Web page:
Erickson Exhibition at the Vancouver Art Gallery is pushed aside by Bruce Mau
Arthur Erickson, Vancouver’s and arguably Canada’s most famous and influential architect had his major exhibition delayed from October 2005, until 2006. The reason for this was primarily explained as a lack of revenue and a move of caution on the part of Kathleen Bartels, Director of the Vancouver Art Gallery (VAG).
A CBC Life and Times documentary broadcast Erickson’s career in early February. In addition to postponing the Erickson show, the VAG cancelled an exhibition by internationally-renown sound and installation artist Janet Cardiff, who in 2001, was the first Canadian to ever win a top prize at the Venice Biennale. Suffice it to say, her exhibition will be posted on the Internet.
The VAG’s decision to feature Bruce Mau’s “Massive Change: The Future of Global Design” represents the gallery’s shifting priorities on the subject of promoting architecture and design. The show is an exhibition that examines how design is supposed to be changing the world. Curated by graphic designer Bruce Mau, the exhibition invites viewers to consider the dynamic future of design culture and the choices we must make. The show is meant "to present the new capacity, power and promise of design". Massive Change poses the question: "Now that we can do anything, what will we do?"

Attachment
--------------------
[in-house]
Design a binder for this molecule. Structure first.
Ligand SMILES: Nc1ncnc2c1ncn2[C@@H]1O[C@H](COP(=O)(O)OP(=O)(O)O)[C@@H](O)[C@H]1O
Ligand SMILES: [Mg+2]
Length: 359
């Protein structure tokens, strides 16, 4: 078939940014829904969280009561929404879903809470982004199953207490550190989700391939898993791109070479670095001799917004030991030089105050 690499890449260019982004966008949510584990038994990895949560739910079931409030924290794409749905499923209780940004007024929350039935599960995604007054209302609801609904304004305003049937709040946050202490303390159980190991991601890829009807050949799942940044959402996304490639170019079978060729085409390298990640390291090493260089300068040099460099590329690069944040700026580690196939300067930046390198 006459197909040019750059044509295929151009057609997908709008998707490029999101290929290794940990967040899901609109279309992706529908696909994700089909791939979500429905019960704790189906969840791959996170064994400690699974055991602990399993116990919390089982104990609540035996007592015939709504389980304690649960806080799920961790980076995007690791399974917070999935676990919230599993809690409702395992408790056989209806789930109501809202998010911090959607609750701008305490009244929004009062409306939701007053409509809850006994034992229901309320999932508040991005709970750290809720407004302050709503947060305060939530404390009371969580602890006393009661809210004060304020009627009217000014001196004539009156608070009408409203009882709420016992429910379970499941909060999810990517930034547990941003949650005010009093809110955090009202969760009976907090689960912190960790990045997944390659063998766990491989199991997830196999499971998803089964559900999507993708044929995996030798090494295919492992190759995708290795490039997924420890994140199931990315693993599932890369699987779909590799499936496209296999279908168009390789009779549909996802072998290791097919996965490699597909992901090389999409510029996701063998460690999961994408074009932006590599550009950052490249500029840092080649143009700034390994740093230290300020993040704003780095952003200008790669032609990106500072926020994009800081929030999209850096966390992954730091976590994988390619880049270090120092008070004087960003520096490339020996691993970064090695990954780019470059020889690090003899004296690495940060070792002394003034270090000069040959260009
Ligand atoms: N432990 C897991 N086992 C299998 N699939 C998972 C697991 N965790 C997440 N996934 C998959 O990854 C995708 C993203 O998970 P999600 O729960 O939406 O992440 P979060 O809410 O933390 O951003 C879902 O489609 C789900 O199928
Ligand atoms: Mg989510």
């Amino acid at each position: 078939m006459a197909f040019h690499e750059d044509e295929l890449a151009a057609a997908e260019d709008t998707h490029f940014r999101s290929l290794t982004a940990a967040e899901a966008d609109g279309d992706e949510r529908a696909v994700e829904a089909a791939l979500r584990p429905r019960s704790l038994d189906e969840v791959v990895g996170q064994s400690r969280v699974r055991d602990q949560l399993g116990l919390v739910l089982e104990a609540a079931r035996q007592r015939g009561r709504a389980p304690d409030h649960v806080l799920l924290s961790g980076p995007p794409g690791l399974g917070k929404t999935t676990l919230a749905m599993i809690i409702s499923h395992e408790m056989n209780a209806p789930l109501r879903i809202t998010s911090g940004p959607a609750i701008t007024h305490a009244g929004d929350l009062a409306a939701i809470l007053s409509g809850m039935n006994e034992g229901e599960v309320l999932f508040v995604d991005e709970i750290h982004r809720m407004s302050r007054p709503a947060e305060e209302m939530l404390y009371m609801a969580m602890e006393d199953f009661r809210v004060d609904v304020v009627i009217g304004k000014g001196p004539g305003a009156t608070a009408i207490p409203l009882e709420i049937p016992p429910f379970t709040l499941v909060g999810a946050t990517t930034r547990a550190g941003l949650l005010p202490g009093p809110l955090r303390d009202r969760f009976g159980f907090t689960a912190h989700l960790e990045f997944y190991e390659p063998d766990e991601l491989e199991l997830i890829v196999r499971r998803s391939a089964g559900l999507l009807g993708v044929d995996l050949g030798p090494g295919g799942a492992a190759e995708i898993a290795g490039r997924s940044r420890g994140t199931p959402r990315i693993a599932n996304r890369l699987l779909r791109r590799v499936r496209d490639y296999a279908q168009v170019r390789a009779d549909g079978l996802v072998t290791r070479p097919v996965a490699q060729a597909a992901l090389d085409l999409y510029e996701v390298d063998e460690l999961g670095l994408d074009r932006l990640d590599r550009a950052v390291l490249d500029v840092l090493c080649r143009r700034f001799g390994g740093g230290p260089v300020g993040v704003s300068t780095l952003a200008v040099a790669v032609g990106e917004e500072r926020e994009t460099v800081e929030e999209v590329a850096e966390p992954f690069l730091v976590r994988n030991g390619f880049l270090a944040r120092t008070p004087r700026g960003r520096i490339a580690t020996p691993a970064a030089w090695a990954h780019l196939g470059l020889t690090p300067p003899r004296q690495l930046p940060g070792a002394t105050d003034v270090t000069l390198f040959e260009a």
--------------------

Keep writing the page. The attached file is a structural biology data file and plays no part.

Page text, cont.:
Massive Change will be the the most expensive exhibition in the history of the VAG, so the gallery might be a little more cautious than usual. It is supposed to include photographs, artifacts, computer simulations and lots of Mau’s trademark supergraphics.